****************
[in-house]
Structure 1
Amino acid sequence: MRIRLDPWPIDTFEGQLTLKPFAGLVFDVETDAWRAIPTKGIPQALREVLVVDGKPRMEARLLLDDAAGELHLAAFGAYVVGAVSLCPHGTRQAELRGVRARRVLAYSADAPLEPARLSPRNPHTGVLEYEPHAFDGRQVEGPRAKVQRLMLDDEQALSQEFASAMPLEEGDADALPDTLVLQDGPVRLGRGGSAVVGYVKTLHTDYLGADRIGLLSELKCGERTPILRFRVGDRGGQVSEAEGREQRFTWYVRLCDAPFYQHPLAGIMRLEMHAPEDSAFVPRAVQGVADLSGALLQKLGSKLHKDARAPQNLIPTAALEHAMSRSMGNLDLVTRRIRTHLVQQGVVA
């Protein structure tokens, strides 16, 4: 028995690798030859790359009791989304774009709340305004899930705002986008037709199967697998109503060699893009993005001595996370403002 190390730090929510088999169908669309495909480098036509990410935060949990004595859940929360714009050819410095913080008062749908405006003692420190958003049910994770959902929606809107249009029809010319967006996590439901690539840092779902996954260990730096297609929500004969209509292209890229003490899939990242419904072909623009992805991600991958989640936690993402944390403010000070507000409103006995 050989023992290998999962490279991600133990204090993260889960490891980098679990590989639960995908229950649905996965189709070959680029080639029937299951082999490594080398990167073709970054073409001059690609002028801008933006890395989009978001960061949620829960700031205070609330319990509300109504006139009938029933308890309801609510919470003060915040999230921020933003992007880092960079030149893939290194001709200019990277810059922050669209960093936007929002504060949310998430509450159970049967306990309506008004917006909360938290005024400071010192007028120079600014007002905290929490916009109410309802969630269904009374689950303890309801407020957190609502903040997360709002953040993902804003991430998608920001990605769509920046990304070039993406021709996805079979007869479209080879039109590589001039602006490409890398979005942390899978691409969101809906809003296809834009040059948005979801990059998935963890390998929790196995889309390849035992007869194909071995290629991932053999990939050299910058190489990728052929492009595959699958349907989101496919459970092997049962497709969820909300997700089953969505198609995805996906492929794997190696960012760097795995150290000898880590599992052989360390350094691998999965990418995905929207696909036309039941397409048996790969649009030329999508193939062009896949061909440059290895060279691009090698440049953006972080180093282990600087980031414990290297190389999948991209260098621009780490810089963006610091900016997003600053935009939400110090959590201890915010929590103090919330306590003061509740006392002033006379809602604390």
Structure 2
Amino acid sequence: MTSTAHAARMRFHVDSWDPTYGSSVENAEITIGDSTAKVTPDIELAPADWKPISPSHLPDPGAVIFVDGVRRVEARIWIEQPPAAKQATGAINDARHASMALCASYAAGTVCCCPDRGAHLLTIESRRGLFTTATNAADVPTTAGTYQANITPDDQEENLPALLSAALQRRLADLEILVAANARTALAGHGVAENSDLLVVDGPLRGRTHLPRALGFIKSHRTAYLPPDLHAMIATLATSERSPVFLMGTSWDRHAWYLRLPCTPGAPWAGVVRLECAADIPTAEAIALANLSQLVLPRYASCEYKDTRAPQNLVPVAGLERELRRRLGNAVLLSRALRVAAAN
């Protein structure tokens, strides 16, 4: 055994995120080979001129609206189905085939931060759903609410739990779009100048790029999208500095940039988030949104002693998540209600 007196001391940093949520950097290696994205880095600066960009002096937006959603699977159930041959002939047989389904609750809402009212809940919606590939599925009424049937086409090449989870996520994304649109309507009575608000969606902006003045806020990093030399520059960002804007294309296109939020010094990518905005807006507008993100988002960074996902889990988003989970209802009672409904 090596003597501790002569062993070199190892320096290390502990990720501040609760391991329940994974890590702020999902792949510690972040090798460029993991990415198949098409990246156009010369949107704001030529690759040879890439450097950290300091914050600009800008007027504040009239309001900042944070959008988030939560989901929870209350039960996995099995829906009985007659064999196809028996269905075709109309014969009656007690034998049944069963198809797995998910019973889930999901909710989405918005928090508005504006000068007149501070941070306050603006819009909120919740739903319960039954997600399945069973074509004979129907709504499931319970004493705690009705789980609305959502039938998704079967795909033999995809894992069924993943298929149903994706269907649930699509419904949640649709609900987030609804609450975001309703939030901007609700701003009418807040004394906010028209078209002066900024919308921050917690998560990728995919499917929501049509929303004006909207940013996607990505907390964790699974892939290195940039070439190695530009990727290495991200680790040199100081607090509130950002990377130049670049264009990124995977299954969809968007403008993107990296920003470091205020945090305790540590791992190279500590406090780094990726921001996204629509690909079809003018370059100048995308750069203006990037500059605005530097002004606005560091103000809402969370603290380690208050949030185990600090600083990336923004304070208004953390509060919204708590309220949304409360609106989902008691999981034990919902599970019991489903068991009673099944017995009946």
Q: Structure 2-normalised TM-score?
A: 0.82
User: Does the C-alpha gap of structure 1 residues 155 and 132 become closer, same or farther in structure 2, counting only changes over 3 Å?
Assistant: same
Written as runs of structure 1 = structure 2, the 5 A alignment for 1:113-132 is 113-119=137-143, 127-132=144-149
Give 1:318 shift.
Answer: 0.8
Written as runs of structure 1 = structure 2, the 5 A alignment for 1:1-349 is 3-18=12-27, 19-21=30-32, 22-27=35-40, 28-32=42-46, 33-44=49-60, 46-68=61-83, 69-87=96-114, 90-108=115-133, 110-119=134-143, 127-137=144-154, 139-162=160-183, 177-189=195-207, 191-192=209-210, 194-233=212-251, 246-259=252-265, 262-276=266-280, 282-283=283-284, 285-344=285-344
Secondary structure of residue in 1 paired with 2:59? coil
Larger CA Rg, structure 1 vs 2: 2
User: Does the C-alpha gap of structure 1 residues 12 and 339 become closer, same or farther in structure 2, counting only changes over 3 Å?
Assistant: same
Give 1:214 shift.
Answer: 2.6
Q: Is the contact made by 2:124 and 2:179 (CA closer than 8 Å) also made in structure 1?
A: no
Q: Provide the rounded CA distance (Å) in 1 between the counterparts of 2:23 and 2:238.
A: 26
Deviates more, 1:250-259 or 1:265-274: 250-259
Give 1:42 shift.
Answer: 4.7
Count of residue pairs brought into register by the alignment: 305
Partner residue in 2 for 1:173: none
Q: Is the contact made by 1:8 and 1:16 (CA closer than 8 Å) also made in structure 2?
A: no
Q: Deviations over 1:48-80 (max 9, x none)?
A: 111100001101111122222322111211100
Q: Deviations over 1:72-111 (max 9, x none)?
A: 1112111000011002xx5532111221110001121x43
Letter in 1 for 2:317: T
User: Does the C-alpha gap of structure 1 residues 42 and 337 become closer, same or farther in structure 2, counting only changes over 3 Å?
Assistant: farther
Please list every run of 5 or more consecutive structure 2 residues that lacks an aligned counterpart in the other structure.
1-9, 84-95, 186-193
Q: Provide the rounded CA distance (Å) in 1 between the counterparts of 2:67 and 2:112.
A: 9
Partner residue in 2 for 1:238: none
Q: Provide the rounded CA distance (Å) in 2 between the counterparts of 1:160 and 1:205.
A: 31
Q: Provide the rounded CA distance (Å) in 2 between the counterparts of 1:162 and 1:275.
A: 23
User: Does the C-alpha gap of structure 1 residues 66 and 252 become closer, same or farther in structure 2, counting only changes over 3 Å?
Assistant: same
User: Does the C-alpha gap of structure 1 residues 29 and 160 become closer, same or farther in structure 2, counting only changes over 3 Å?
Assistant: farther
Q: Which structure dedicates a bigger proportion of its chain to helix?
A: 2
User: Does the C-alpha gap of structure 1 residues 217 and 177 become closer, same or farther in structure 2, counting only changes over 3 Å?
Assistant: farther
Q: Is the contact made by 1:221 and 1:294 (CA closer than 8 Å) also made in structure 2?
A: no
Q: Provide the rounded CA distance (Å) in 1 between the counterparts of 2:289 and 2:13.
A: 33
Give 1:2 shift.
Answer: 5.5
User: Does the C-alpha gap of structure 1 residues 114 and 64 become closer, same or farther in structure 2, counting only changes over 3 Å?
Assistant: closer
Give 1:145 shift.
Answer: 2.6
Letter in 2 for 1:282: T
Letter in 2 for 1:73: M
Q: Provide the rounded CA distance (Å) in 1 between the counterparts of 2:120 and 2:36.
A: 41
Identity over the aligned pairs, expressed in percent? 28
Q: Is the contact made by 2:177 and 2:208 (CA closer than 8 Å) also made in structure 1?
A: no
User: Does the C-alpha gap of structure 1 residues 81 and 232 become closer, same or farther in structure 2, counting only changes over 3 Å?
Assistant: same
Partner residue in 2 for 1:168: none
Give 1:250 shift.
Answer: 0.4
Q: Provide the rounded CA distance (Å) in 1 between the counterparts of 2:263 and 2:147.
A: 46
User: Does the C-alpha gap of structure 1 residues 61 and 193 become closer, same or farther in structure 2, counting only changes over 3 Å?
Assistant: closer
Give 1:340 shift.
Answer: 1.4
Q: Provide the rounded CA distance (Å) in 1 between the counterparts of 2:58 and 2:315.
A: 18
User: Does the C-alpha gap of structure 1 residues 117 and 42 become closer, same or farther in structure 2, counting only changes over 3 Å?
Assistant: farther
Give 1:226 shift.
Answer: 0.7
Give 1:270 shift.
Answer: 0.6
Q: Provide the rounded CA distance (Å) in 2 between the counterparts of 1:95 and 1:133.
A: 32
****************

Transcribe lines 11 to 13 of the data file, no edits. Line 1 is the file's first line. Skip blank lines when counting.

Assistant: same
Written as runs of structure 1 = structure 2, the 5 A alignment for 1:113-132 is 113-119=137-143, 127-132=144-149
Give 1:318 shift.